Changing weather patterns and conservation challenges are having a significant impact on bird migration patterns. According to the National Audubon Society (NAS), North America has lost more than 2.5 billion migratory birds since 1970. 

The NAS tracts migration data for 458 bird species that breed in the U.S. and Canada. Recent tracking data, from the interactive Bird Migration Explorer, finds that at least 299 species connect New York City to at least 30 other countries and territories in the hemisphere, including Argentina and Uruguay. 

The Explorer also finds that the “River of Raptors” migration corridor in Veracruz, Mexico, is a hub connecting the extreme northern and southern ends of the globe. 

“People have always been curious and amazed by migratory birds and their incredible journeys, but only recently are scientists piecing together the full picture of how these birds travel from one end of the globe to the other,” said Dr. Jill Deppe, senior director of Audubon’s Migratory Bird Initiative. “Migratory birds also need our help—populations are facing steep declines across the board. By consolidating and visualizing this data, the Bird Migration Explorer can teach us more about how to protect these incredible travelers that connect people across the entire hemisphere," said Dr. Deppe.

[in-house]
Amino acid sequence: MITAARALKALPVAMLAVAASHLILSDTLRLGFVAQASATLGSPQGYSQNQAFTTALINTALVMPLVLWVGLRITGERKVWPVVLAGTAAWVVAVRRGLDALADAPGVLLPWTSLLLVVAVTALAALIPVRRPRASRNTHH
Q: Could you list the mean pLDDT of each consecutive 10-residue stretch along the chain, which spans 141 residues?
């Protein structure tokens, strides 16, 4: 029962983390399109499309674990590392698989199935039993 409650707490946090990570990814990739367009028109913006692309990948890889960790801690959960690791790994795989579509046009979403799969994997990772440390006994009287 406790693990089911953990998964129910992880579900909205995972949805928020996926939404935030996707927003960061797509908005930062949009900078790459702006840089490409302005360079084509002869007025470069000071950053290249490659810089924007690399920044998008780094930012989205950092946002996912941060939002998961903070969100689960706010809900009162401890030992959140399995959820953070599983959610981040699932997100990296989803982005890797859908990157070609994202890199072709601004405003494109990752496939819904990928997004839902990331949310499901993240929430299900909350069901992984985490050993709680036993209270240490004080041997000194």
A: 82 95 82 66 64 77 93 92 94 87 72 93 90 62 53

Humans continue to have a negative effect on bird migration patterns. Television, radio and cell towers cause up to 7 million bird collisions each year in North America, according to the American Bird Conservancy.

Birds tend to follow the same migration patterns each year and travel anywhere from 15 to 600 miles per day. Birds can average 15 to 55 miles an hour depending on wind and weather patterns. The Arctic Tern can fly more than 49,700 miles each year.

Free-roaming birds also have a devastating impact on the migration of birds. Introduced to the the 15th century, they are now the number-one direct, human-caused threat to birds, killing approximately 2.4 billion wild birds there each year. 
“In times of uncertainty, birds are a symbol of hope, connectivity and perseverance. This new platform brings vital research together and shows how birds connect communities, countries and continents, said Scott Sillett, head of the Smithsonian Migratory Bird Center. “From tracking and studying birds in native, urban, and agricultural habitats and successfully breeding species in human care for the first time, to creating an immersive exhibit dedicated to these feathered travelers.”